10 interesting facts about mythological creatures

Unicorns may not be real, but considering the movies we watch and the fairy tales we read, we can say that they managed to have a very lasting effect. Let’s admit it happens when it feels like it was real once in a while. Legend has it that these magical and beautiful unicorns raised the water level in the Indian river and brought abundance to the country. If you are as curious as we are about these magical creatures, you can start reading our article without wasting time. Here are 10 interesting and legendary facts about the unicorn.

If you are interested in surreal beings and mythology, you can find our article on the sea god Poseidon here.

1. People have been dreaming of unicorns for centuries.

The oldest known depiction of a unicorn, found in the Lascaux caves of present-day France, dates from around 15,000 BC. Or, people thought it was real until they realized the Lascaux unicorn had two horns placed close together.

2. According to Greek historian Ctesias, unicorns are real and there are records

Unicorn

The first record of unicorns in Western literature belongs to the Greek historian Ctesias. The Greek historian notes that the horse had a white body, a purple head, blue eyes and a multicolored horn.

3. According to famous traveler Marco Polo, unicorns are quite gross and ugly

Unicorn

Marco Polo believed he encountered unicorns on his travels. The famous traveler said of this encounter: “They were ugly and gross to look at. Unicorns are not as charming and eye-catching as we described. “That’s because the animals the traveler saw weren’t unicorns but actually rhinos.

4. Unicorns changed the fate of India

Unicorn

It is said that Genghis Khan decided not to conquer India after meeting a unicorn who submitted to him. Genghis Khan saw this as a sign of his deceased father and withdrew his army.

5. Young women had power over unicorns

Unicorn

During the Dark Ages, there was a time when science was far from irrational intuition. Collectors, known as animal hunters, listed the biological properties and medicinal use of the animal community, which then included unicorns. It was in these collections that it was first described that young women had great power over creatures.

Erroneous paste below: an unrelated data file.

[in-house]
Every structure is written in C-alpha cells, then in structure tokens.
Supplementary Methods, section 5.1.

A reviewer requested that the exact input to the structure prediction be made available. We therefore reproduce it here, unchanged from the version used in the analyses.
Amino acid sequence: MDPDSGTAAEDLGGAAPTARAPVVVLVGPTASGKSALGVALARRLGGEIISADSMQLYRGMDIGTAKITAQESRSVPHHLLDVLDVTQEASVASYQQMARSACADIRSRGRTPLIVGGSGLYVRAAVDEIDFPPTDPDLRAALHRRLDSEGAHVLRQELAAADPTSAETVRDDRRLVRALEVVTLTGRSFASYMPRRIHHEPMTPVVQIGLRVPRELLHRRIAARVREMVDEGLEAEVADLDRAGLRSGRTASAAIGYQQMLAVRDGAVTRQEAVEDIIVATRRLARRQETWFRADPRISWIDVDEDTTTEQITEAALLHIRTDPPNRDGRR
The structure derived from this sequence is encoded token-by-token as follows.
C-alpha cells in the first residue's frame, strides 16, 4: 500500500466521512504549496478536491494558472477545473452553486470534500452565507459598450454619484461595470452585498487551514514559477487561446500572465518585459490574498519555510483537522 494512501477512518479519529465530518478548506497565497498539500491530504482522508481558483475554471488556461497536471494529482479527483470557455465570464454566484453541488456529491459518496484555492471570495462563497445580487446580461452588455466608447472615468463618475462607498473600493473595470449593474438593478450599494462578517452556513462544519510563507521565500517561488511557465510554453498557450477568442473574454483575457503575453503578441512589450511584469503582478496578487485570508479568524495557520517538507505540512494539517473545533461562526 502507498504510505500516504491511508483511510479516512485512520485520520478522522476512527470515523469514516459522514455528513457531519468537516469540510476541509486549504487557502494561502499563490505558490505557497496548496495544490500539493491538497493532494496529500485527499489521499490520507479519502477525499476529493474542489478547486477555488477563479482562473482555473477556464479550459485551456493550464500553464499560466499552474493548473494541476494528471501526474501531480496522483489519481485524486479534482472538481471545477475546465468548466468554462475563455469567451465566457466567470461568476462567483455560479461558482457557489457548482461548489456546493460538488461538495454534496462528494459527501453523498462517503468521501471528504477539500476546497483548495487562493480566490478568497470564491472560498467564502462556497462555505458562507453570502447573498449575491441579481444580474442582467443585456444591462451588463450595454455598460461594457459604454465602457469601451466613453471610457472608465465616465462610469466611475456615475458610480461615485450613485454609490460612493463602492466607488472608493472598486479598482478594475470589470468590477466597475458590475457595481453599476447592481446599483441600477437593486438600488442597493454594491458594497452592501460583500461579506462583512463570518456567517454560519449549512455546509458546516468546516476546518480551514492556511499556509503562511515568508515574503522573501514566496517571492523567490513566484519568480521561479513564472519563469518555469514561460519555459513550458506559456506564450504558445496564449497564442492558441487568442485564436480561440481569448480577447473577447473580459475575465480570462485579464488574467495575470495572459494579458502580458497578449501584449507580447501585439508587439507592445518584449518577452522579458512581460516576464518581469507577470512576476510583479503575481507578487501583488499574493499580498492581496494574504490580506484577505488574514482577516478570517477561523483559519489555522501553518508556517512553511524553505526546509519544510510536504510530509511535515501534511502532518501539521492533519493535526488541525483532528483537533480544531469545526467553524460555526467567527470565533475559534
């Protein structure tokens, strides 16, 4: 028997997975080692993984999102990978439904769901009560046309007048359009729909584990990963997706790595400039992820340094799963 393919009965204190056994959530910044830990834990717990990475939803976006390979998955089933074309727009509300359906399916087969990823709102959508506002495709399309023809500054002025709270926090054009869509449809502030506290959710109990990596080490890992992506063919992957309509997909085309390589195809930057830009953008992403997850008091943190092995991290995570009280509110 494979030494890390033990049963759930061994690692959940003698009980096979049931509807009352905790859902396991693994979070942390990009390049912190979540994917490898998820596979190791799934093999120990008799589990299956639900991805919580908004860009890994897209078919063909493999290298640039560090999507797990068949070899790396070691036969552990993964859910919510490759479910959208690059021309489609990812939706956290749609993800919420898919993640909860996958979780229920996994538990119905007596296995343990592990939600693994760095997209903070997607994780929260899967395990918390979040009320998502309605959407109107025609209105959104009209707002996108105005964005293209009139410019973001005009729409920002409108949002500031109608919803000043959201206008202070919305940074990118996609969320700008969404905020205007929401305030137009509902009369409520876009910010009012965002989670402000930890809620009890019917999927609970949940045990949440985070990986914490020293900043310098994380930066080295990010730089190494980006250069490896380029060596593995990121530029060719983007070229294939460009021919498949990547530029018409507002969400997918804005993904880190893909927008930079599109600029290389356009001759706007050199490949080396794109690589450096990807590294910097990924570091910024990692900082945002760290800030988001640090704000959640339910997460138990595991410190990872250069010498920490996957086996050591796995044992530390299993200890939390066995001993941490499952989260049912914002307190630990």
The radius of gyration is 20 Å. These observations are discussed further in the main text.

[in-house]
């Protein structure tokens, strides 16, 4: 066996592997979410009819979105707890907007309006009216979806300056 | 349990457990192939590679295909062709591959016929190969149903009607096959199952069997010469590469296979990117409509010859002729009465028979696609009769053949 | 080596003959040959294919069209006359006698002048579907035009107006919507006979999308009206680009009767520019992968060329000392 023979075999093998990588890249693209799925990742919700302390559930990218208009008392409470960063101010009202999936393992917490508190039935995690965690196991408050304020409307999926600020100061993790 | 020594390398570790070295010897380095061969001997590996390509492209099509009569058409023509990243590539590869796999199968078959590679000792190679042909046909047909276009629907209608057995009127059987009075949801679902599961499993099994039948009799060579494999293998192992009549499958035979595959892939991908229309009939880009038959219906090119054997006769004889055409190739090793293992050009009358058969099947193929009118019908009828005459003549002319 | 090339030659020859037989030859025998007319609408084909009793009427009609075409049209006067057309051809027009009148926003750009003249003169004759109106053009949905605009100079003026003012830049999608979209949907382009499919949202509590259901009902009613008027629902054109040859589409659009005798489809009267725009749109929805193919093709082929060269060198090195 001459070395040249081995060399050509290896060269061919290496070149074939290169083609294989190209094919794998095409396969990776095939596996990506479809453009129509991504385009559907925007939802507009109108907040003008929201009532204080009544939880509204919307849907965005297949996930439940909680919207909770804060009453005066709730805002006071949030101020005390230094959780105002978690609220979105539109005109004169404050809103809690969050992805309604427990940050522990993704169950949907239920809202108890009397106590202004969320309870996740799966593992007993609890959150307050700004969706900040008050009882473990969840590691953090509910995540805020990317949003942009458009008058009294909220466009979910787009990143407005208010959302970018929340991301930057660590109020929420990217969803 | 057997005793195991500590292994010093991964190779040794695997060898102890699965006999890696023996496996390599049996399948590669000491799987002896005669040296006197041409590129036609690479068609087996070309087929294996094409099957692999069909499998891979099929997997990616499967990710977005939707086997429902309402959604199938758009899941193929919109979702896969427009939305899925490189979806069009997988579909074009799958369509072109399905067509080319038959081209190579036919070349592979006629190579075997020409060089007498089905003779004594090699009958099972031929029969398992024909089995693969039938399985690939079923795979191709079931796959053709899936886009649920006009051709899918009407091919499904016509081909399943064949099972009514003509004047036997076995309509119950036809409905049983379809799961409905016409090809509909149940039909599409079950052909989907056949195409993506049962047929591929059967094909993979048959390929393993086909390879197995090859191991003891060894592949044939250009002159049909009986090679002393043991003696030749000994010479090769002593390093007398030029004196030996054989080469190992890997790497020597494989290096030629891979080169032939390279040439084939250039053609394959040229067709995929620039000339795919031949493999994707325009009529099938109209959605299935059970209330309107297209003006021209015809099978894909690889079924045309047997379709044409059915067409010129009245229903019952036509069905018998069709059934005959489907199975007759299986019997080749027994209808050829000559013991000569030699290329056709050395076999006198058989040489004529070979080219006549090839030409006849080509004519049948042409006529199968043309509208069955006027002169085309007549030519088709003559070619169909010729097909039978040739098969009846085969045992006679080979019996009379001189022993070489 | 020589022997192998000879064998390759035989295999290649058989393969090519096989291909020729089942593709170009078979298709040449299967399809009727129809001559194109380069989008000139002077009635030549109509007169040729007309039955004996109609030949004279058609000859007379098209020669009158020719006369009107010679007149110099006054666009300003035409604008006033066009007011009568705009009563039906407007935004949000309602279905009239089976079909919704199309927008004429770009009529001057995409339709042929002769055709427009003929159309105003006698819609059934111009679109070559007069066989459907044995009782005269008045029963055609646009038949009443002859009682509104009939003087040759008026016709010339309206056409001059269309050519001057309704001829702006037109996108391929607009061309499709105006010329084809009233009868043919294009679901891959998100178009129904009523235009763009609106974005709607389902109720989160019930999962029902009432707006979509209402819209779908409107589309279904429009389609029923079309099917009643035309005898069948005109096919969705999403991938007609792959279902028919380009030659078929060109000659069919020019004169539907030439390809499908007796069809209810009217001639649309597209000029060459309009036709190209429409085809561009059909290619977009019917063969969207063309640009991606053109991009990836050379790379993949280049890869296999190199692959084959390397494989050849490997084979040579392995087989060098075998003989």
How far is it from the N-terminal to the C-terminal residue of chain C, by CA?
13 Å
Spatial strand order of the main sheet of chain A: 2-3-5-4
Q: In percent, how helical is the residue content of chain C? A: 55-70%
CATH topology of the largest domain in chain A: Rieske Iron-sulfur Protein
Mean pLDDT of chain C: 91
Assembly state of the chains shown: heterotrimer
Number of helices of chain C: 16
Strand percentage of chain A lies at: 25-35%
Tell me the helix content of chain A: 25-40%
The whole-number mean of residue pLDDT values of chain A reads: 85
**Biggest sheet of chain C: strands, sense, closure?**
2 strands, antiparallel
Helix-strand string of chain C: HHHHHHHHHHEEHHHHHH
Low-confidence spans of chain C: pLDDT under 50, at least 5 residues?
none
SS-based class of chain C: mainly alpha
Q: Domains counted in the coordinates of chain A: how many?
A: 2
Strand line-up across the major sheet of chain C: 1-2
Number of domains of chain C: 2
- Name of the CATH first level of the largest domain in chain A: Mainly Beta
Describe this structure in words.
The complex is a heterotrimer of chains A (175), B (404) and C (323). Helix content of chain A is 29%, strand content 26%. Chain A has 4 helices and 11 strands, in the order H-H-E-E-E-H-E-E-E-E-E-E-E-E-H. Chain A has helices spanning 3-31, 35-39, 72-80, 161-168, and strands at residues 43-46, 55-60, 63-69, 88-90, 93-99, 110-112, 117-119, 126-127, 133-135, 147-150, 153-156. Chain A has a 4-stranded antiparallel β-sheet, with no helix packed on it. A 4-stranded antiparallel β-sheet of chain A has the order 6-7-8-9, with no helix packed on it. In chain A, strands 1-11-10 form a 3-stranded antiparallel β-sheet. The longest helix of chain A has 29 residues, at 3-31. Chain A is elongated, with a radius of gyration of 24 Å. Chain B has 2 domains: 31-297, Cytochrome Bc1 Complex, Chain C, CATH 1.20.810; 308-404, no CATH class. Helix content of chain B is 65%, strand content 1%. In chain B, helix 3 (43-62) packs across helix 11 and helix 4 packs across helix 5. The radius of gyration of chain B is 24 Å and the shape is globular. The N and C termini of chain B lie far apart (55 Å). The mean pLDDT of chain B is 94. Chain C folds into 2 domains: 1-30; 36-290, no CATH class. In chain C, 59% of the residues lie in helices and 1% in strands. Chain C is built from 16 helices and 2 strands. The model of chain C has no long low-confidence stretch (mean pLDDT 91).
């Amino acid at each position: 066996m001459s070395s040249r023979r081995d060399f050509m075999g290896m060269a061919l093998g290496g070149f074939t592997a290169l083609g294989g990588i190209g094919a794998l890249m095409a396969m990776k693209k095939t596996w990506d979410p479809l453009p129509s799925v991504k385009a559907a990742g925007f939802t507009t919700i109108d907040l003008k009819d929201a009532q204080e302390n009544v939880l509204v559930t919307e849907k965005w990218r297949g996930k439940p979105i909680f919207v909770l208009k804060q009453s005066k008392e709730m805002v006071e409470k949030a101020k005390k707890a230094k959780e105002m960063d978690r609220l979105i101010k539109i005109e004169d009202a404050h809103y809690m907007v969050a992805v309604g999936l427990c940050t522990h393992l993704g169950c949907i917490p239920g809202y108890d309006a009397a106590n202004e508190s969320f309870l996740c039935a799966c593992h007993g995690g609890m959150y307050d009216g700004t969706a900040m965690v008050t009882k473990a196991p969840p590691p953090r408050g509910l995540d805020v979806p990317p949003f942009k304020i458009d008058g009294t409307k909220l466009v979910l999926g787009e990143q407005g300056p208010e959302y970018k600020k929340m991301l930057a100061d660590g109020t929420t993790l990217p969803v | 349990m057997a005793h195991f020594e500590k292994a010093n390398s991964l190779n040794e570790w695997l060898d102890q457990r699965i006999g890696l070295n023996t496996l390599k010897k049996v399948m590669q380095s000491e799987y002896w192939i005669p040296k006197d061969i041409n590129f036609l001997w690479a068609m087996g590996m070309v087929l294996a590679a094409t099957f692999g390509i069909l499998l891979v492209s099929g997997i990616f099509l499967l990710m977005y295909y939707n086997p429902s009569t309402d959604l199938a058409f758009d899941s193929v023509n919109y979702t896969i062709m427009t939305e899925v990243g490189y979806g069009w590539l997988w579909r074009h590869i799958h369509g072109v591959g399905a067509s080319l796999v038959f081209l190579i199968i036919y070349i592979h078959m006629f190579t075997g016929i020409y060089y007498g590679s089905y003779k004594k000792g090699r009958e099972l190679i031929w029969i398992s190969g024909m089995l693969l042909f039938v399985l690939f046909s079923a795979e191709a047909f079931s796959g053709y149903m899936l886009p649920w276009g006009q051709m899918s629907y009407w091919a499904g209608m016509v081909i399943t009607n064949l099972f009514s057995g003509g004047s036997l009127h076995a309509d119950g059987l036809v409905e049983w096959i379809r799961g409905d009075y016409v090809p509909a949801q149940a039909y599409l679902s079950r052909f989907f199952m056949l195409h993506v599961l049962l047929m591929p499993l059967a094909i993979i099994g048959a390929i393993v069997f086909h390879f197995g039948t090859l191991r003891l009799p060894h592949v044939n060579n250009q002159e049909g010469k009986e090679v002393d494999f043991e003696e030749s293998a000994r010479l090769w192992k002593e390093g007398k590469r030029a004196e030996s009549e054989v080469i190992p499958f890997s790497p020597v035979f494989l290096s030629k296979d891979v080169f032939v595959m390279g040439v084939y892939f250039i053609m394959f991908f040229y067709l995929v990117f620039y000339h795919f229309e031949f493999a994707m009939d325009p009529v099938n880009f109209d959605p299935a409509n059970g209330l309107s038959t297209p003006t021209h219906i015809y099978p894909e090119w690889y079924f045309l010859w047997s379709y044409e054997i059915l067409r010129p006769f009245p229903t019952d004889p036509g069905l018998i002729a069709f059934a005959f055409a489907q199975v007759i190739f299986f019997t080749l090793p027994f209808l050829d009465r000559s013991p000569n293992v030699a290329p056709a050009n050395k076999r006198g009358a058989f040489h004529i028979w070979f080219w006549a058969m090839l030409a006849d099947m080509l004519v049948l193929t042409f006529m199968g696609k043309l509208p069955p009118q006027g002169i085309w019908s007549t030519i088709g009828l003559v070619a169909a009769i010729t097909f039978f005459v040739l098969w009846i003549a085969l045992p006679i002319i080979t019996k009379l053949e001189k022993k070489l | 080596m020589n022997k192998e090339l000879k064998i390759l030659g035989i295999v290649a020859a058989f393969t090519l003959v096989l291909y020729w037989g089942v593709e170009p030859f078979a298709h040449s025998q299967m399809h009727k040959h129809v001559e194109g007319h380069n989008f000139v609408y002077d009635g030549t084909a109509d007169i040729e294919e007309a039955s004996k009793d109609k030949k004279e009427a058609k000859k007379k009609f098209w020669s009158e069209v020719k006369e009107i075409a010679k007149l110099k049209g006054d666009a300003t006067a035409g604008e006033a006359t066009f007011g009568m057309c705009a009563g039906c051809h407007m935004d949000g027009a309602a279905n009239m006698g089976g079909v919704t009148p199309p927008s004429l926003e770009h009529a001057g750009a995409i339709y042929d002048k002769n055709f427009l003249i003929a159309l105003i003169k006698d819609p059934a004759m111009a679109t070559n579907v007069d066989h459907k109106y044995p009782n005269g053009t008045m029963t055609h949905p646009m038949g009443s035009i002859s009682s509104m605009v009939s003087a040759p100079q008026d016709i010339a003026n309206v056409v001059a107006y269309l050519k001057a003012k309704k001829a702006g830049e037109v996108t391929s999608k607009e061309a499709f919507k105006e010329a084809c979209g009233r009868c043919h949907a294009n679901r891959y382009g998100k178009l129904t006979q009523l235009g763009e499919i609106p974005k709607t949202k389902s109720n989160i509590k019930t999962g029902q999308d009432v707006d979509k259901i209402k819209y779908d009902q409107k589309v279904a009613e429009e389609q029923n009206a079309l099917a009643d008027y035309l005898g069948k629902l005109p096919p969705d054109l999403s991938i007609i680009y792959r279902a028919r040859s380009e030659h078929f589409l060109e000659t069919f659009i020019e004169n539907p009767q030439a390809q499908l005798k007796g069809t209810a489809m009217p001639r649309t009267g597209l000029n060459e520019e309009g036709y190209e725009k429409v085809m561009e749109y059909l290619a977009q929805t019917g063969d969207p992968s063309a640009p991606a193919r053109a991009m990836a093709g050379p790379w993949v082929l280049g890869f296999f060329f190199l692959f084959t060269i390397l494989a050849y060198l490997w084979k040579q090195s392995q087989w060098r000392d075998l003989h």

6. Unicorns are said to be mentioned in the Bible

Unicorn

Unicorns are said to be implicitly mentioned in the Bible. The King James Version of the Old Testament contains nine references to unicorns, due to a mistranslation of the Hebrew word re’em. The original word probably reflected the Assyrian rimu (auroch), an extinct species of aurochs.

7. The endangered narwhals of the unicorn myth

It was believed that the horns of unicorns could resist poison and purify water. Of course, this situation has prompted counterfeiters. This was bad news for the narwhal population, as the single tooth protruding from the front of the whale’s head resembled a horse horn. Moreover, the Danes even had a throne made of narwhal horns.

8. Unicorn horns were really valuable

unicorns

The “unicorn horn” was literally worth 10 times its weight in gold. In 1560, German merchants sold horse horns worth an astronomical 90,000 crowns to the pope. Until 1741, London pharmacies carried on a rather interesting trade, selling unicorn horns in powder form. How true this is, of course, is unknown.

9. The unicorn is Scotland’s national animal

Unicorn heraldry can be found on ancient seals in Babylon and Assyria, but the most famous are linked to King James III of Scotland in the 1400s. The two gold coins from this era were known as the unicorn and half-unicorn name! Today, the unicorn is still the national animal of Scotland.

10. If you plan to hunt unicorns, you may need permission from the Lake Superior State.

unicorns

If you want to hunt unicorns but don’t know where to start, you can try Lake Superior State University in Sault Ste. Since 1971, the university has allowed unicorn quests. Anyone embarking on such an extraordinary hunt is recommended to carry along a bottle of brandy and a pair of watering shears.

Origin: 1

Leave a Comment